DEAR ABBY: This is in response to "Hurt Mom in Washington," who was both angry and sad at her daughter's wedding plans. I was in a similar situation five years ago when my daughter married. She, too, insisted on planning every last detail of her wedding on her own, and made it more than just a bit clear that she was going to do things "her way" without any "interference" on my part.
To make a long story short, several weeks before her wedding her caterer informed her that due to a scheduling misunderstanding, he would be unable to cater her wedding after all. After frantically contacting many other caterers without success, guess who she asked to cater the wedding? You guessed right -- good old Mom!
Although I wouldn't want "Hurt Mom's" daughter's plans to go awry, she needs to know that these things usually have a way of working themselves out.
The food I prepared for my daughter's wedding turned out so well that some guests had a hard time believing the reception had not been professionally catered. It also helped my daughter and me regain the closeness we had previously shared and enjoyed. Sign me ... BEEN THERE IN WASHINGTON
DEAR BEEN THERE: Your daughter was fortunate to have such a talented and forgiving mother. Your experience gives new meaning to the slogan, "Nothin' says lovin' like something from the oven!"
DEAR ABBY: I am a widower, living in California, writing in response to the woman who signed herself "Second Love." I suspect that her husband doesn't know when he is well-off. He is very fortunate to love and be loved by a second wife. Not all men are so blessed. He should remove all the pictures of his former wife, except possibly one group picture of the family.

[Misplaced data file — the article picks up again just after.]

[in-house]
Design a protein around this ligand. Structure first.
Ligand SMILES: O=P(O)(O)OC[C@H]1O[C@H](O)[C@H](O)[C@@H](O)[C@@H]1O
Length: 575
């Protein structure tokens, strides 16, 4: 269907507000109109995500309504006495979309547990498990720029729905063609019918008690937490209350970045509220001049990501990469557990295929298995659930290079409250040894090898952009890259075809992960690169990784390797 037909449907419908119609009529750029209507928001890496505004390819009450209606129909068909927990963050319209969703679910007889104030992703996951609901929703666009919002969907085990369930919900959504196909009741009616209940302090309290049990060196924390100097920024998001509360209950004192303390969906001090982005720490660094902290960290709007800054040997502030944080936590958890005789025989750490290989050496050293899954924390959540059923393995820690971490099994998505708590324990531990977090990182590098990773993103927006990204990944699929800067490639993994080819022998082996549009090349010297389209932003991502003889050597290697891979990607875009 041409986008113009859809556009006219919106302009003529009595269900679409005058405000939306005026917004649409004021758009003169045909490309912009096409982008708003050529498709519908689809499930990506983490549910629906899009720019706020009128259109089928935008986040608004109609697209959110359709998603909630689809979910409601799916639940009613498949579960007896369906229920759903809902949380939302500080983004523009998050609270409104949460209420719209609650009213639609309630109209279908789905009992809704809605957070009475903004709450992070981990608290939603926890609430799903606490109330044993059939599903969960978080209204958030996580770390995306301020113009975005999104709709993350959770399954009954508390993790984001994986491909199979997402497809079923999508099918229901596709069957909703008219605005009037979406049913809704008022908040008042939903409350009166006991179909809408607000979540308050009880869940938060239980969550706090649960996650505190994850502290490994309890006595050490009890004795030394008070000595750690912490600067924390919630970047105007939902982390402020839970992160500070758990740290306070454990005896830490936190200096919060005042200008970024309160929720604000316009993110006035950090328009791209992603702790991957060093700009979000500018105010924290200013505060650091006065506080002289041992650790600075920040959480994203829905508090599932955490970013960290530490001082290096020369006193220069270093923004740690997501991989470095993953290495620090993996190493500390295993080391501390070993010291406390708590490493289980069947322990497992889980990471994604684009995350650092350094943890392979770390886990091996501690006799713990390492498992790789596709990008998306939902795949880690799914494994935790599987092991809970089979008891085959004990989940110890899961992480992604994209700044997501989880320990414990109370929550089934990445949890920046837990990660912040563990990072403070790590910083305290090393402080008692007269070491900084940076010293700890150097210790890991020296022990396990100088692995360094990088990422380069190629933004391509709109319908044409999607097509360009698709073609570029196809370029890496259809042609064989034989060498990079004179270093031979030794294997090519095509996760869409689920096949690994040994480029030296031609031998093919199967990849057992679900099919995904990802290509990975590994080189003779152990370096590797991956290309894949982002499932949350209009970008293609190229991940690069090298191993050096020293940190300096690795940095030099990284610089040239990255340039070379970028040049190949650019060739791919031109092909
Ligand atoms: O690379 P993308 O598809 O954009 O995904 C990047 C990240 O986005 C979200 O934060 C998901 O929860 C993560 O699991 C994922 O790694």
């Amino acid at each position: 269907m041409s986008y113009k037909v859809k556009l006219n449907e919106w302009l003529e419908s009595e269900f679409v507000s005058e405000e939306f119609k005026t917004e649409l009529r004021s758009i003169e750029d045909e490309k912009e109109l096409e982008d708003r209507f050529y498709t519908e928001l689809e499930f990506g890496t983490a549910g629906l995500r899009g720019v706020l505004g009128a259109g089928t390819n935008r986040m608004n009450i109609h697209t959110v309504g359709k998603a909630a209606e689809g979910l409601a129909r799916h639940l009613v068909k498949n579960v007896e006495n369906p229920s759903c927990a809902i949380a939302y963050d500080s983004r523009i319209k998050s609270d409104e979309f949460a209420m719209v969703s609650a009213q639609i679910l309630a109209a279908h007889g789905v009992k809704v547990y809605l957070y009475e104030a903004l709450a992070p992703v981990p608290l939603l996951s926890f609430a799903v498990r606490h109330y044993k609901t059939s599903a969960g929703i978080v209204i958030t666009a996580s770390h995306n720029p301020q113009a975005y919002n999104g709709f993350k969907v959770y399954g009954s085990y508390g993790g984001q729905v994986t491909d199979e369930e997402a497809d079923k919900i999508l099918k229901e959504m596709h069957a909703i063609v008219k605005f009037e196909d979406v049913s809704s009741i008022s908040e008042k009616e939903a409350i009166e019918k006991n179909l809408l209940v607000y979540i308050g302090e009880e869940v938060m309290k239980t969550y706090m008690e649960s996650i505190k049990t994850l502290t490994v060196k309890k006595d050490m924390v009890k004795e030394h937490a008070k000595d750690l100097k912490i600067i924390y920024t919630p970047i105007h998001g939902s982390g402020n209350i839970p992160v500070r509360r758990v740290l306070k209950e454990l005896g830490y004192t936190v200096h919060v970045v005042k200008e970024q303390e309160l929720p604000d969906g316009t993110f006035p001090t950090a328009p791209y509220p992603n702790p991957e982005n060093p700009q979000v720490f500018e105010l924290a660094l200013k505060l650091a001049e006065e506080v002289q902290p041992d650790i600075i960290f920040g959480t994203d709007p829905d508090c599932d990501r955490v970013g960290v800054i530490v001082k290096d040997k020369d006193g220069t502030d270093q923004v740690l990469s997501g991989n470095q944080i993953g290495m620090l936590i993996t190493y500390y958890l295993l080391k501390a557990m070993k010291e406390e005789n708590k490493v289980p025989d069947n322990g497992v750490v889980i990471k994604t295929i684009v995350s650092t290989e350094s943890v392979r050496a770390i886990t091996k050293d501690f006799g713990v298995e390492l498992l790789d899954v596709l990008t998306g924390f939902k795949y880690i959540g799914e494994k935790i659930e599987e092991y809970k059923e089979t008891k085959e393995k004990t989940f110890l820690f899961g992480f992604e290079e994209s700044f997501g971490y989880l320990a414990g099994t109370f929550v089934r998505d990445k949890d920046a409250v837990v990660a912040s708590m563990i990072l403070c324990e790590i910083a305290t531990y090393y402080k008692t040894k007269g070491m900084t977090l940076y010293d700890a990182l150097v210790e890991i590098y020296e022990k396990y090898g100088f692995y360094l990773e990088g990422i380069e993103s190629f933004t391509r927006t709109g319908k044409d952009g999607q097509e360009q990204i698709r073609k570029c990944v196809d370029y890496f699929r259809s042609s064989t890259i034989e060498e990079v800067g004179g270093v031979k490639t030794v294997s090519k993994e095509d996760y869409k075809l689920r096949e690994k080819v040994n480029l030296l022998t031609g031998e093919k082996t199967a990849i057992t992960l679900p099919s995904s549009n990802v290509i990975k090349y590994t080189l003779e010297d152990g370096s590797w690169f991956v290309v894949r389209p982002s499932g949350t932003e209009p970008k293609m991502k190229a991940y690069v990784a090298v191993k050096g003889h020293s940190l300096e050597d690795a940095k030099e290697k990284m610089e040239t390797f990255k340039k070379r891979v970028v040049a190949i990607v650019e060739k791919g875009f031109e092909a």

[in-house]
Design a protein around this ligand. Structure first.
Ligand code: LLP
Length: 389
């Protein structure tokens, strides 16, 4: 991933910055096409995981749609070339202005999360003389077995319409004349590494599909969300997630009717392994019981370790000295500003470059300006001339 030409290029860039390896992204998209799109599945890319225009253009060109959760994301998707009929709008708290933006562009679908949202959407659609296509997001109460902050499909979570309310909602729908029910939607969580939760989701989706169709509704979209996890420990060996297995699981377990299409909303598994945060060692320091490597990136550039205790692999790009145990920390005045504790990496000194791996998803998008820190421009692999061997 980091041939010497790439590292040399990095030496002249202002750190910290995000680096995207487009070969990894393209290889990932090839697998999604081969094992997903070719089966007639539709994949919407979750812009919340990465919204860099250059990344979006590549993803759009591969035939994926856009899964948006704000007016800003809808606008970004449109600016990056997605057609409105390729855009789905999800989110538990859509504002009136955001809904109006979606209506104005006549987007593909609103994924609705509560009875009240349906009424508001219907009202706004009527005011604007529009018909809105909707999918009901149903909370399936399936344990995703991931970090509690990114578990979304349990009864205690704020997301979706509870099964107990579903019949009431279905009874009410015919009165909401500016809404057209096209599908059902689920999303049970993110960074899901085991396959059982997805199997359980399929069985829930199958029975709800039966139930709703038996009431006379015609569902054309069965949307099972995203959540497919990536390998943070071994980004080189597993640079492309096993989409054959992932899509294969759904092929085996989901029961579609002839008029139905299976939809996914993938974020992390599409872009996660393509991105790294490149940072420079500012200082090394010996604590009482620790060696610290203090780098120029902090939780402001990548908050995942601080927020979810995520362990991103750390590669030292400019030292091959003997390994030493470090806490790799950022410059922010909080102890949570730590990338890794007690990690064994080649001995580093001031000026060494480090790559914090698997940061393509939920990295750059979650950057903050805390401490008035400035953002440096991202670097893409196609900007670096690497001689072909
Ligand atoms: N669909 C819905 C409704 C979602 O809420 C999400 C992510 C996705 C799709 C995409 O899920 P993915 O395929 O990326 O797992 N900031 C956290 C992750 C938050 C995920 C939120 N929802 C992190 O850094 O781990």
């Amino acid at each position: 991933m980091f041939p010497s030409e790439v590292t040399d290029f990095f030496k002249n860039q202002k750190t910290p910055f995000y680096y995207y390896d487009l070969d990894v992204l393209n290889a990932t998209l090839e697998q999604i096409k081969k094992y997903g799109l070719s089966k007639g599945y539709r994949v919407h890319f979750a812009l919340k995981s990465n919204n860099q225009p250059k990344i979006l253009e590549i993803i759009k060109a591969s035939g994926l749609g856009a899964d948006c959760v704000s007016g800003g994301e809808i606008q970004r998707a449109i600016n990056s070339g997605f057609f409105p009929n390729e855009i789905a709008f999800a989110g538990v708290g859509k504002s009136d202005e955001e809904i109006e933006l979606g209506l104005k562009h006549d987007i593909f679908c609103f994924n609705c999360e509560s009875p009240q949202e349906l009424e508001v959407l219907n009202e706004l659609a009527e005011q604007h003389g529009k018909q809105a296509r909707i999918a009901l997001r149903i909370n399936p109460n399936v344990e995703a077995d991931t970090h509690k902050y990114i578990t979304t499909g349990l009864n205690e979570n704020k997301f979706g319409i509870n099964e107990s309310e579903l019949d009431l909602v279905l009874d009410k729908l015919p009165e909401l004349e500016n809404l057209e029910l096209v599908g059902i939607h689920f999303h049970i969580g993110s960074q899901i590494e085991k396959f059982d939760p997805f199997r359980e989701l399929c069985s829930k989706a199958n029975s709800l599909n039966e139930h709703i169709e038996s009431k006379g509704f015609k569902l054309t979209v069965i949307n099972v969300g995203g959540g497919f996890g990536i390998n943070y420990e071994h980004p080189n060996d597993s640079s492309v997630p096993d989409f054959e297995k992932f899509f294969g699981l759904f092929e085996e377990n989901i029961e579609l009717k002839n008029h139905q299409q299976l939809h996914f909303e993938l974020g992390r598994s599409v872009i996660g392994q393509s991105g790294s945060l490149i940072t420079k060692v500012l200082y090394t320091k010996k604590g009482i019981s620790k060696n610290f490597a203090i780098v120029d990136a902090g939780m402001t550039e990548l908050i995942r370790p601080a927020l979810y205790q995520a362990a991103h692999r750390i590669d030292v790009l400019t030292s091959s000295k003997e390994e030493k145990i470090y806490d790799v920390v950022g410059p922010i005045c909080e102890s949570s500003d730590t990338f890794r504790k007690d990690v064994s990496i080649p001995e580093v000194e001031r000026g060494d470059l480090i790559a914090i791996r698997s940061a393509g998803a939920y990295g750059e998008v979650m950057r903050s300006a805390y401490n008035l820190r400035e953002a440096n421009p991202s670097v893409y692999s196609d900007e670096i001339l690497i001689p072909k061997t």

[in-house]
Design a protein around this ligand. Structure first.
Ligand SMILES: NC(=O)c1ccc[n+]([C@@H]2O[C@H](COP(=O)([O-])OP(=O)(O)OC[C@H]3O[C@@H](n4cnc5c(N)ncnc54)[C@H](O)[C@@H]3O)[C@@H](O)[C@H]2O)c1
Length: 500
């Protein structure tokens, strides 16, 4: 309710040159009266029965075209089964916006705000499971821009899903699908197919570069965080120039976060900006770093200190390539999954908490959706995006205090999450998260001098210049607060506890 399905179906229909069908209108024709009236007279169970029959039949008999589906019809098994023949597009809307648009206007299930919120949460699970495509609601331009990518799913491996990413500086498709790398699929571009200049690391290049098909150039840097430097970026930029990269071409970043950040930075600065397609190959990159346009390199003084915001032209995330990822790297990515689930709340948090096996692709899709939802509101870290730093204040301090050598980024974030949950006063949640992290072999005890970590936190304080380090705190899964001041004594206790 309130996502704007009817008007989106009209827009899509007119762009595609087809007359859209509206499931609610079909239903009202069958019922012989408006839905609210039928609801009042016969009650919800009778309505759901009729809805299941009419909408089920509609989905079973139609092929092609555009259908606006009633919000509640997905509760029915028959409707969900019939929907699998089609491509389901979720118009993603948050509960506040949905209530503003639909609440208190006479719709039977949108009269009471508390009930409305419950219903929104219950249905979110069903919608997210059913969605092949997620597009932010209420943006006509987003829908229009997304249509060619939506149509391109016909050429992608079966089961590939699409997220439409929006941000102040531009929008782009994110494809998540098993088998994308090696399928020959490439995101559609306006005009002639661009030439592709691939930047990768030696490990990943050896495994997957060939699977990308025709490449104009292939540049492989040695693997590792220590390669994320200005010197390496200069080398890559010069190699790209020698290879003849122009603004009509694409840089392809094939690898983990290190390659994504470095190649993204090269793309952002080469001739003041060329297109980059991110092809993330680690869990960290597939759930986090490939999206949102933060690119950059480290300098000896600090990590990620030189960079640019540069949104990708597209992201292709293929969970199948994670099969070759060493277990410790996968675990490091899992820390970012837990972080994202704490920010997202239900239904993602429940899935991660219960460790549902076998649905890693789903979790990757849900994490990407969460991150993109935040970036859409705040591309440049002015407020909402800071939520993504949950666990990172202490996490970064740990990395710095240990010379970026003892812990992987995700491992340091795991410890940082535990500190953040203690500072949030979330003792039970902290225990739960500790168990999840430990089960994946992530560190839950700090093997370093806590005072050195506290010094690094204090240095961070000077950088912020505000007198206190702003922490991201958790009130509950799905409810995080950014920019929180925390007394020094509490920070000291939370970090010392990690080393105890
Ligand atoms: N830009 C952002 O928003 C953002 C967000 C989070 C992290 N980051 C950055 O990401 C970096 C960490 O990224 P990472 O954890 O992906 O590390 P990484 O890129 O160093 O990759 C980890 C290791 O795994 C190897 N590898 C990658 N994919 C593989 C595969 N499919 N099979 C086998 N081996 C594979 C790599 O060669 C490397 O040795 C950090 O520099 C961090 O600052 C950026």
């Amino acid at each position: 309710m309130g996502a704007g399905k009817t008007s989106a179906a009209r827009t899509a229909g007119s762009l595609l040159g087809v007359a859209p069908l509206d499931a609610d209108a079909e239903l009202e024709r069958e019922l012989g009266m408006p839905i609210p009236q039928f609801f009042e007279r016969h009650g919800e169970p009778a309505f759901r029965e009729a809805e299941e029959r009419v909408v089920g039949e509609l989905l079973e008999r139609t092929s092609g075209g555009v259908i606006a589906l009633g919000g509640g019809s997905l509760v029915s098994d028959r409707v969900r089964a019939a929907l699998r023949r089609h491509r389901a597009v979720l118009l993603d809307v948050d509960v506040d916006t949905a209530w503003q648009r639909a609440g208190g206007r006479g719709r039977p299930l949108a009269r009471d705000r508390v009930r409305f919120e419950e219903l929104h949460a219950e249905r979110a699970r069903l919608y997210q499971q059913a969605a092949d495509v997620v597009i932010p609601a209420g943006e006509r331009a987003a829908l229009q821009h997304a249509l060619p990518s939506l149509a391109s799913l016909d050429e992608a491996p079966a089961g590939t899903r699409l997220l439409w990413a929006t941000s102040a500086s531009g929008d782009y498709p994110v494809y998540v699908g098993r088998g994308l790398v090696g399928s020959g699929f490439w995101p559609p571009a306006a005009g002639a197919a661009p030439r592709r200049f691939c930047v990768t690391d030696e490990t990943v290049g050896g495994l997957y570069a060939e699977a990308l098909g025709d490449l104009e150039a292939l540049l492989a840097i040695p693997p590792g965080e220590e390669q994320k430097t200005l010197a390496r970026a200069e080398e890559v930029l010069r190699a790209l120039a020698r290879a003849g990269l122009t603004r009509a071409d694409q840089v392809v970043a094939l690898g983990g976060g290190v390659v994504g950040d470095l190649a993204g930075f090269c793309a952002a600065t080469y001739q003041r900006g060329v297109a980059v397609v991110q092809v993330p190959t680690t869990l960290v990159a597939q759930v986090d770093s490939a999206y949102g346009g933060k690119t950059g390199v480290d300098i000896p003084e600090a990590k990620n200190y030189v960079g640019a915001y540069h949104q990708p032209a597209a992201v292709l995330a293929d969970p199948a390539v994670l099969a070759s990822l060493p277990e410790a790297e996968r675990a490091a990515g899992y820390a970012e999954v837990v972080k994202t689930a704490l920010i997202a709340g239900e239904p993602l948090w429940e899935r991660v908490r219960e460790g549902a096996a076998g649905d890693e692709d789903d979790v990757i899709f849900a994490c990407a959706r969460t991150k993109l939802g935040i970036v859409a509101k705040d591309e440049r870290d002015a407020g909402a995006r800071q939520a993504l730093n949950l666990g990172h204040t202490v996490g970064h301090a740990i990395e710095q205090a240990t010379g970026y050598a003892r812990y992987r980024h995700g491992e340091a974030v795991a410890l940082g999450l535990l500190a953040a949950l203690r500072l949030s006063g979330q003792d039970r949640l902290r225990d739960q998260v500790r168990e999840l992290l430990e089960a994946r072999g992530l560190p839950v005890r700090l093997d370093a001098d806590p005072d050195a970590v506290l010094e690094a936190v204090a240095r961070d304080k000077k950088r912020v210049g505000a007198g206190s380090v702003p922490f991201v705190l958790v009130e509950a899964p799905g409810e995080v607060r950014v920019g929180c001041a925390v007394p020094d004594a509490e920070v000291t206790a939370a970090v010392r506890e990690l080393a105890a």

Abby, after my wife of 45 years died, I realized that I could never create new memories with her again. When I remarried, I put all my family pictures into a drawer, and I review them periodically.
I cannot afford to let the past interfere with the present. The past has gone, and nothing can change it. I am very fortunate to have loved and been loved by two wonderful women, and I intend to keep it that way. -- DAVID S. EICHER, GLENDALE, CALIF.
DEAR DAVID: Your pragmatism is admirable. I agree there is much to be said about living in the present. However, not everyone reacts in the same manner to loss and grieving.
DEAR ABBY: Recently a reader told you how she used the telephone answering machine to monitor calls for her bedridden husband -- and how he enjoyed listening to his messages, even repeatedly. Such a recording could be a treasured memento of the kind words left by friends and family for their terminally ill loved ones.
I am not ill, but I appreciate hearing the voices of loved ones who call when I am not at home. I, too, play the message back more than once -- for the joy of hearing that voice.
Eventually the answering machine must be cleared, but before I clear it, I often put my cassette tape recorder beside the answering machine and record the messages on tape. Then, if I wish, I can hear them again -- today, tomorrow or any time I need a lift. -- MS. HAZEL DANIELSON, SHORELINE, WASH.
DEAR HAZEL: What a clever idea! I'm passing it along.
Good advice for everyone -- teens to seniors -- is in "The Anger in All of Us and How to Deal With It." To order, send a business-sized, self-addressed envelope, plus check or money order for $3.95 ($4.50 in Canada) to: Dear Abby, Anger Booklet, P.O. Box 447, Mount Morris, Ill. 61054-0447. (Postage is included.)
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